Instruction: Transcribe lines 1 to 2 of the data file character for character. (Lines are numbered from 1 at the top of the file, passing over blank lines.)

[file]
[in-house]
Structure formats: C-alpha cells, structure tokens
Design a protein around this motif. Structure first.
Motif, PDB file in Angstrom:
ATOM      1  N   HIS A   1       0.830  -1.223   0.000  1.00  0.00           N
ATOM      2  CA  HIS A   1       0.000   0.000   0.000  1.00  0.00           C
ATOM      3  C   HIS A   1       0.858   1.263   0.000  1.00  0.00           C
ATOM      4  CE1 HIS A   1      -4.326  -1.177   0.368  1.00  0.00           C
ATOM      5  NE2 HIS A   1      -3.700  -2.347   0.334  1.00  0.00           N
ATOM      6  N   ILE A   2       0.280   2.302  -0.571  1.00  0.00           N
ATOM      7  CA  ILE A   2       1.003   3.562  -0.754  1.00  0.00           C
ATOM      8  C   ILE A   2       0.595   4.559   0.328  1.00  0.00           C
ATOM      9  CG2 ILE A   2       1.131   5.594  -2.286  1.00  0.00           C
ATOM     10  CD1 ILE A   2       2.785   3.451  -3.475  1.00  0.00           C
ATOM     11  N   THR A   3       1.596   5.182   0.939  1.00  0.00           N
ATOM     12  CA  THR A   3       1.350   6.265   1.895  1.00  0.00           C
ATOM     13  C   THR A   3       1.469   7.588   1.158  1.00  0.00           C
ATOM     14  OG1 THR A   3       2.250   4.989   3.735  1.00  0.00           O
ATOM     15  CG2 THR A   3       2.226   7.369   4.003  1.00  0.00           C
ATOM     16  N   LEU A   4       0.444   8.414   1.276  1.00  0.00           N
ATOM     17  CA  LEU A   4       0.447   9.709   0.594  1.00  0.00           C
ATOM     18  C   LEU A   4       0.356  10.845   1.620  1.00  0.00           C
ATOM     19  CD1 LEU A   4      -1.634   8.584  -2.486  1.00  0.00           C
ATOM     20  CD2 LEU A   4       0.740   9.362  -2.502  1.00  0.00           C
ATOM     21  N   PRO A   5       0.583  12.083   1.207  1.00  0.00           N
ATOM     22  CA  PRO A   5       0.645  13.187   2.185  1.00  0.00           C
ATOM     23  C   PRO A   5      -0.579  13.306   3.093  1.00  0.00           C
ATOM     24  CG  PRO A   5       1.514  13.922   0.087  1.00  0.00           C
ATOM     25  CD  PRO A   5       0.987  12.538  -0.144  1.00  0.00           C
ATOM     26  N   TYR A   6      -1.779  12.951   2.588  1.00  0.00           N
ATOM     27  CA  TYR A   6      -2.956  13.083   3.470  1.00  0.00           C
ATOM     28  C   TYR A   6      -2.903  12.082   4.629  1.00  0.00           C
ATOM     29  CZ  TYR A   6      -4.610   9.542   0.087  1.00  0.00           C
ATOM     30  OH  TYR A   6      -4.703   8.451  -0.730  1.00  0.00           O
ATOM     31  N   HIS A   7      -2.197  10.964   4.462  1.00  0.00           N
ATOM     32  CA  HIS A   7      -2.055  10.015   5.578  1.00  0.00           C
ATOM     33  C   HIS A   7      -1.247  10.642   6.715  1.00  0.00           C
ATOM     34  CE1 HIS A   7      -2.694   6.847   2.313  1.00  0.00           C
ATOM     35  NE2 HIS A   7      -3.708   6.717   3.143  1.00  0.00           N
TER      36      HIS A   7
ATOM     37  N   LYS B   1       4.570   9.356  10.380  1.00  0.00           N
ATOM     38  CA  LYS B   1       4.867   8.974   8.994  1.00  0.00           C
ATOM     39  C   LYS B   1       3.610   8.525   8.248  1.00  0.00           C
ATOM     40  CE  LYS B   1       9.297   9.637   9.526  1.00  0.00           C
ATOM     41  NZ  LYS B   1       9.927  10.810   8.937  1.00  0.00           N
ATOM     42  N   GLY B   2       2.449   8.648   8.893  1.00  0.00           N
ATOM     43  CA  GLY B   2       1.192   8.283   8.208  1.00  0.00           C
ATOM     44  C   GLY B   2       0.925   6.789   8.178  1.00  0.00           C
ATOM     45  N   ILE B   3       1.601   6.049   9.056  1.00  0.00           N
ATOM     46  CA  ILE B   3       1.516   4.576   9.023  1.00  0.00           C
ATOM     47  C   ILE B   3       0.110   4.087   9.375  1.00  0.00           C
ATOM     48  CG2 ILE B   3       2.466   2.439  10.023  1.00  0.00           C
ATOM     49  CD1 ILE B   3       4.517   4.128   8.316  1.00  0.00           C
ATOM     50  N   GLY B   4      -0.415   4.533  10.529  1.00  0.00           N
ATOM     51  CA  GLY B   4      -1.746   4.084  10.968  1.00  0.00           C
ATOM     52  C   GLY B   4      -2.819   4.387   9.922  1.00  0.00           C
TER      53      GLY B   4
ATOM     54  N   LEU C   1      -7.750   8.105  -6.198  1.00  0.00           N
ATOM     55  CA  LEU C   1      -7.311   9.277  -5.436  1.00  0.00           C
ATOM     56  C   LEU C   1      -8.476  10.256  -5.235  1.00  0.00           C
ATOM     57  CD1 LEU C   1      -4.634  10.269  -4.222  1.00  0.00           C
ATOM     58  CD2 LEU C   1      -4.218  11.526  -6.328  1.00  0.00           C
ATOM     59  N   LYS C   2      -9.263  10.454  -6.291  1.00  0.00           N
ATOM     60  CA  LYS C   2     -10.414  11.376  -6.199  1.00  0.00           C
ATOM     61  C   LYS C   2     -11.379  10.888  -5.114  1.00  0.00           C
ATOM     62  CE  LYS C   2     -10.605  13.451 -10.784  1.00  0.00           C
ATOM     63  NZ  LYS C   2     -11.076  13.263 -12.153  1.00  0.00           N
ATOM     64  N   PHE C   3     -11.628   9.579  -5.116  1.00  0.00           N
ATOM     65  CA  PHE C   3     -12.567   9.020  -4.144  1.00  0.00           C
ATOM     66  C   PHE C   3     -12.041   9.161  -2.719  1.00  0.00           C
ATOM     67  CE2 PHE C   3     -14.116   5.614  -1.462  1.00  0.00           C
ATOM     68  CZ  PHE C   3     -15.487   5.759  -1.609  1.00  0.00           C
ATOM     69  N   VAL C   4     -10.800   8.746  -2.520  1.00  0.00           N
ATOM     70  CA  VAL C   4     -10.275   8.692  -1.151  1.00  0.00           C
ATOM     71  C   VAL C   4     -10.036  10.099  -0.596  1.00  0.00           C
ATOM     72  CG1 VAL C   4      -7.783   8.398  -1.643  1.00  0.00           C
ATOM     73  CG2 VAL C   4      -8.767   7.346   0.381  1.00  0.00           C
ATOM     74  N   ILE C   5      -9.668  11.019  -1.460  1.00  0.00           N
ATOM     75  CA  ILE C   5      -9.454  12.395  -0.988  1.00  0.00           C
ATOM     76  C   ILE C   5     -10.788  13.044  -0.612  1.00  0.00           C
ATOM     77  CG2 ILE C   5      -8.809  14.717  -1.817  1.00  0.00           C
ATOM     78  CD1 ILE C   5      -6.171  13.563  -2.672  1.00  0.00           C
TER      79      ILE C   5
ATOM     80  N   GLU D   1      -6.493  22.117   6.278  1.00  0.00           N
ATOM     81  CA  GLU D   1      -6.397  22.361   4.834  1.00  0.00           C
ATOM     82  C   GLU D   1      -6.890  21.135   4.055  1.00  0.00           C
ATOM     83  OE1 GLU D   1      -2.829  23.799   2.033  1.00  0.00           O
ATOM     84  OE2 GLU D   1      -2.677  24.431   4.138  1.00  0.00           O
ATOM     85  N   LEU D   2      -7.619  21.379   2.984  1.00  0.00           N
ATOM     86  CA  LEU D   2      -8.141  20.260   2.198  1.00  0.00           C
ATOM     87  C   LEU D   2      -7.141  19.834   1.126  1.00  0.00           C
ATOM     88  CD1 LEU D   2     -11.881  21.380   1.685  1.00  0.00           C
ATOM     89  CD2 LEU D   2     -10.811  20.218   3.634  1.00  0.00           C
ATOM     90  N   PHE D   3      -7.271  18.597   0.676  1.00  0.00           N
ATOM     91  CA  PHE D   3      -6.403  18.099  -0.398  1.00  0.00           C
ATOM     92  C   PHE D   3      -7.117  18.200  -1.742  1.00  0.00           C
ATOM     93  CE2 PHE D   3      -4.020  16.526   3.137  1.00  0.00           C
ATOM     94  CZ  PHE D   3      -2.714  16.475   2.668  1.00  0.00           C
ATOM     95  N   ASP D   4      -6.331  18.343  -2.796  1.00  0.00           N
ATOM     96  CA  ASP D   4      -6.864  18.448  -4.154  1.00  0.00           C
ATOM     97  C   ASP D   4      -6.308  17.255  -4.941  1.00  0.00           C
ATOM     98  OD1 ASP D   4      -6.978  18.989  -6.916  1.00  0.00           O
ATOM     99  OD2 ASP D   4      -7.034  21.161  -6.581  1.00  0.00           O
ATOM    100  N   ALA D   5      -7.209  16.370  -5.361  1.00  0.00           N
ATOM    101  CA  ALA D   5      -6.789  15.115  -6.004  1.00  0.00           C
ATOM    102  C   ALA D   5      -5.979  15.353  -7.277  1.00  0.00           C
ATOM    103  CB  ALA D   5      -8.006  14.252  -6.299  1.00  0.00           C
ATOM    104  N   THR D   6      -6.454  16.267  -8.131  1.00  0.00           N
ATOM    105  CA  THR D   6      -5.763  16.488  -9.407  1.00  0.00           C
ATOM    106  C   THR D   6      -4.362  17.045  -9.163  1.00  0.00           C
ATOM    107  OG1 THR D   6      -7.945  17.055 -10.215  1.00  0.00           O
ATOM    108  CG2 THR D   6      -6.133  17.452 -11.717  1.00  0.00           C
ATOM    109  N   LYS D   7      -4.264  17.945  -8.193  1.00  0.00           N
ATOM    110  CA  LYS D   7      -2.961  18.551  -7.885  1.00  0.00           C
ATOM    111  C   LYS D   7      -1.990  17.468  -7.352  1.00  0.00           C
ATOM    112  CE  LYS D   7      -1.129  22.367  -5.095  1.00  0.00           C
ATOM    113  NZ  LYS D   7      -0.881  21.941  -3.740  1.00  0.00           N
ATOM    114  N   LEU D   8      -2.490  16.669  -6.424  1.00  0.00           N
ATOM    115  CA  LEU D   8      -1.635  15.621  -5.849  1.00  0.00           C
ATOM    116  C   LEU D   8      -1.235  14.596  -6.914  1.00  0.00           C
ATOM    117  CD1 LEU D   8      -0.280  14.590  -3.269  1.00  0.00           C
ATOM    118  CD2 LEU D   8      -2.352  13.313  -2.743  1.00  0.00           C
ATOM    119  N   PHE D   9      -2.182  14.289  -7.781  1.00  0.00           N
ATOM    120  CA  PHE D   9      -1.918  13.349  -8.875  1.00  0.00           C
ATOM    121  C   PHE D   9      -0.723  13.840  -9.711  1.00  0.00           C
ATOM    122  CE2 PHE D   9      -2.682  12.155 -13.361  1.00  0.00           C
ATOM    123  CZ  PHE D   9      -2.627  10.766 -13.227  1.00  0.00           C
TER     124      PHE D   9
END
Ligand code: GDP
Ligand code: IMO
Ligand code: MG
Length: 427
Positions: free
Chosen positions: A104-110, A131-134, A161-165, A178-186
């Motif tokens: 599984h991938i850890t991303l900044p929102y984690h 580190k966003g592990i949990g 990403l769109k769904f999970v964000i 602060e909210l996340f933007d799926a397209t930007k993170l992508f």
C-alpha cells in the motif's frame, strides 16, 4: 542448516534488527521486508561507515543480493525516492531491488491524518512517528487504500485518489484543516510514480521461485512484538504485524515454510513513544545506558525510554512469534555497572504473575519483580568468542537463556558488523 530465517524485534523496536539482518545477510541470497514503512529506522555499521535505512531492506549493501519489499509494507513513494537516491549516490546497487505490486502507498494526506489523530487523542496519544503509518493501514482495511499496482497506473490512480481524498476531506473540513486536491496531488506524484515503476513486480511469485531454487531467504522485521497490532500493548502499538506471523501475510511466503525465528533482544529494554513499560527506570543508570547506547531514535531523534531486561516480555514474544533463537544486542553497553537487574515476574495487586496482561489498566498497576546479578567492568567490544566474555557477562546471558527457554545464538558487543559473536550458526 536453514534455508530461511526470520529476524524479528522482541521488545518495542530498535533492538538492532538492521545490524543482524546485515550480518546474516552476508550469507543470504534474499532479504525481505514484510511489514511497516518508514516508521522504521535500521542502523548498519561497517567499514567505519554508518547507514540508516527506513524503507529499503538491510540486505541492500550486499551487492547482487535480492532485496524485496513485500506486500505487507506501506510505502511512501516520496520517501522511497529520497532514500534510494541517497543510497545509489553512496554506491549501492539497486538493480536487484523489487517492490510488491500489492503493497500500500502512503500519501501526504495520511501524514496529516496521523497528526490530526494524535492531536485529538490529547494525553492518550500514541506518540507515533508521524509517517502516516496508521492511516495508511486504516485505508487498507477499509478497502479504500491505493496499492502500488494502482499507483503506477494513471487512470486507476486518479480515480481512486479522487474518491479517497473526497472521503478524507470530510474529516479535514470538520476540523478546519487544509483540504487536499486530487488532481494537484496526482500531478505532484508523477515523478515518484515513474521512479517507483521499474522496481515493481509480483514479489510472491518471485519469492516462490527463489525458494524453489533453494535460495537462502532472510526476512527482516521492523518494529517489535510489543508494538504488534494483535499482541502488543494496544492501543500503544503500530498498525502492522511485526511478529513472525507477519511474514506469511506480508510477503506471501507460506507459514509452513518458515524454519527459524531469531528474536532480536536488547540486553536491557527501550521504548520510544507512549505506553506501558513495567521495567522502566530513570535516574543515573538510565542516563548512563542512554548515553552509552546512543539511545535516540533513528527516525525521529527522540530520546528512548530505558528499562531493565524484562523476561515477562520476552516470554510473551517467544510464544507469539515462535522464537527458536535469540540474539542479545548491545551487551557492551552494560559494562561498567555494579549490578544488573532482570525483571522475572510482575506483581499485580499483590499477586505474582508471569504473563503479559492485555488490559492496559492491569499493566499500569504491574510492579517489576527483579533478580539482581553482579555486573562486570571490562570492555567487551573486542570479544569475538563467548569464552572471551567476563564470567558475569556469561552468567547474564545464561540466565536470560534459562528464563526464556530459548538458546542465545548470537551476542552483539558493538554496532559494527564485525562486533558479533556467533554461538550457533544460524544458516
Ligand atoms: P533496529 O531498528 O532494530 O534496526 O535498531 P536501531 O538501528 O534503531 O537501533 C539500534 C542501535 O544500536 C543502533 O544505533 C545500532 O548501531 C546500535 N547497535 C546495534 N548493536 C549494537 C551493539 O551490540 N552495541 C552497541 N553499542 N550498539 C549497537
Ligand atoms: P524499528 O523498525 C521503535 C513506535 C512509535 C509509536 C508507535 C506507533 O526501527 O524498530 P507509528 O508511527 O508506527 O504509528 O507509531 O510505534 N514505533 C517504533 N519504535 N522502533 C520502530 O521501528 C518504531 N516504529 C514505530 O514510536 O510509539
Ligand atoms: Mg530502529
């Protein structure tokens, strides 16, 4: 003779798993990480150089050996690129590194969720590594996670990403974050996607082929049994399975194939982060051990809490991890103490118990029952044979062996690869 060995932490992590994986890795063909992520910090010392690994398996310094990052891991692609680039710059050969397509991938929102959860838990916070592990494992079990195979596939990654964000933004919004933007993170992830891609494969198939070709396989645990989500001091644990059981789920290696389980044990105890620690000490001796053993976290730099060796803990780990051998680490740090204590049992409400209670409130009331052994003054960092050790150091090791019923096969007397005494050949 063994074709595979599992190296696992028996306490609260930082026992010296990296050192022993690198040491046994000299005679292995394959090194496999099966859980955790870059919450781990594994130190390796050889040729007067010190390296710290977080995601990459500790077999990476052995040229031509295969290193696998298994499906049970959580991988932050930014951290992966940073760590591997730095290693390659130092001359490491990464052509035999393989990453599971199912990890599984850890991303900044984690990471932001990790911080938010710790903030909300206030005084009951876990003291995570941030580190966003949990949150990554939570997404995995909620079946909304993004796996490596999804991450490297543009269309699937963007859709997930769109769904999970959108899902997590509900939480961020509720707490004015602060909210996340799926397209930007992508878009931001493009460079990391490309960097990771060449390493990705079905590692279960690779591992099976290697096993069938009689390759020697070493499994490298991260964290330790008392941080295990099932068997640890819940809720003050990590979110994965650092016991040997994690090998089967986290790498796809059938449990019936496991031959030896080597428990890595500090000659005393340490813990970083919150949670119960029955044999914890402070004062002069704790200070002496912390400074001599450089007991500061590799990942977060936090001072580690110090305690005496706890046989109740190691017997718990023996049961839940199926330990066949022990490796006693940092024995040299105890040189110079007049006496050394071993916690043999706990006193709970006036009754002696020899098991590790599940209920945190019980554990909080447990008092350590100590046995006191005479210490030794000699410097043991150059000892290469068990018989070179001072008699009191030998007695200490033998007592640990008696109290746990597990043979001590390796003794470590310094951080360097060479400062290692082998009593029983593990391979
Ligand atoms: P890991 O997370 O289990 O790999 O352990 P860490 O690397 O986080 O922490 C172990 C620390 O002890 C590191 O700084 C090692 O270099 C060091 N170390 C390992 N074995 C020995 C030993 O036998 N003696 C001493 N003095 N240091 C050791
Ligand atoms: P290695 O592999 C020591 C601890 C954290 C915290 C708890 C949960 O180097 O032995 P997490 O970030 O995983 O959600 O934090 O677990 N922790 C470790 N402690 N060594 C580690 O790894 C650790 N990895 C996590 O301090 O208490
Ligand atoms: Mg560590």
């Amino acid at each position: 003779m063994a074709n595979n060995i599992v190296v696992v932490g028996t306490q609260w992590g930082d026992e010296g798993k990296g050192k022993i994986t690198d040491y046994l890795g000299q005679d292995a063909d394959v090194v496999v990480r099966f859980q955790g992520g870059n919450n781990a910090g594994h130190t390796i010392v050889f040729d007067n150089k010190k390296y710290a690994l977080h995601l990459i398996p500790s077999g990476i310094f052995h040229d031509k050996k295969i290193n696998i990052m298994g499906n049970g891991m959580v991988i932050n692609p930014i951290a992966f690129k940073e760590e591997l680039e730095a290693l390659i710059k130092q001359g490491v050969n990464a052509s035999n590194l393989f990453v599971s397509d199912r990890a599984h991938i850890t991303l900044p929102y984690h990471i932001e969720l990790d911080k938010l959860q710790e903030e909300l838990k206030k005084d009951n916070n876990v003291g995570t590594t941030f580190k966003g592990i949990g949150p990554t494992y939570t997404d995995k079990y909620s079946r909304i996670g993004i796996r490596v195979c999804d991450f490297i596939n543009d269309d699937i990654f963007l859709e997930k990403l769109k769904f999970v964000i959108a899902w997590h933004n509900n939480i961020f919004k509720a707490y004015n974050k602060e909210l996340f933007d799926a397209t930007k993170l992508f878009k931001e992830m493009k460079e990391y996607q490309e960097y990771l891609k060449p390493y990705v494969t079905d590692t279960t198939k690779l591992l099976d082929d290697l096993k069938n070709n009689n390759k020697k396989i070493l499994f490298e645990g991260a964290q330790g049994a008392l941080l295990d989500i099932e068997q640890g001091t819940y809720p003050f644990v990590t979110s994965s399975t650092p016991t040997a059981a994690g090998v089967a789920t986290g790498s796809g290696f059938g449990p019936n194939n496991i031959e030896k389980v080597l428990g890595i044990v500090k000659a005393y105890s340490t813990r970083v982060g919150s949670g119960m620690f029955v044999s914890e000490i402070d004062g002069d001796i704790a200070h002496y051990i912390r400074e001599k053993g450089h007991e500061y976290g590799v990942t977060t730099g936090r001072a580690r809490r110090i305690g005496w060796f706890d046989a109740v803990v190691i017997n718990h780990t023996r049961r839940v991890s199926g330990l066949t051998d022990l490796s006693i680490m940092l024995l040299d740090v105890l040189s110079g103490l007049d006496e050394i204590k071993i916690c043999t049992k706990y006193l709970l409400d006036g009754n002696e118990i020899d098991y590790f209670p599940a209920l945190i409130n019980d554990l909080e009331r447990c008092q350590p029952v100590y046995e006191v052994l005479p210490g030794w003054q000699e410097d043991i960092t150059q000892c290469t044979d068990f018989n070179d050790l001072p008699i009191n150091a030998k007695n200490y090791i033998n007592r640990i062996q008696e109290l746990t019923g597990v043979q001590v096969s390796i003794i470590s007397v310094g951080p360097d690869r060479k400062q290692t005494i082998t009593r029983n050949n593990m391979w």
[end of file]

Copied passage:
[in-house]
Structure formats: C-alpha cells, structure tokens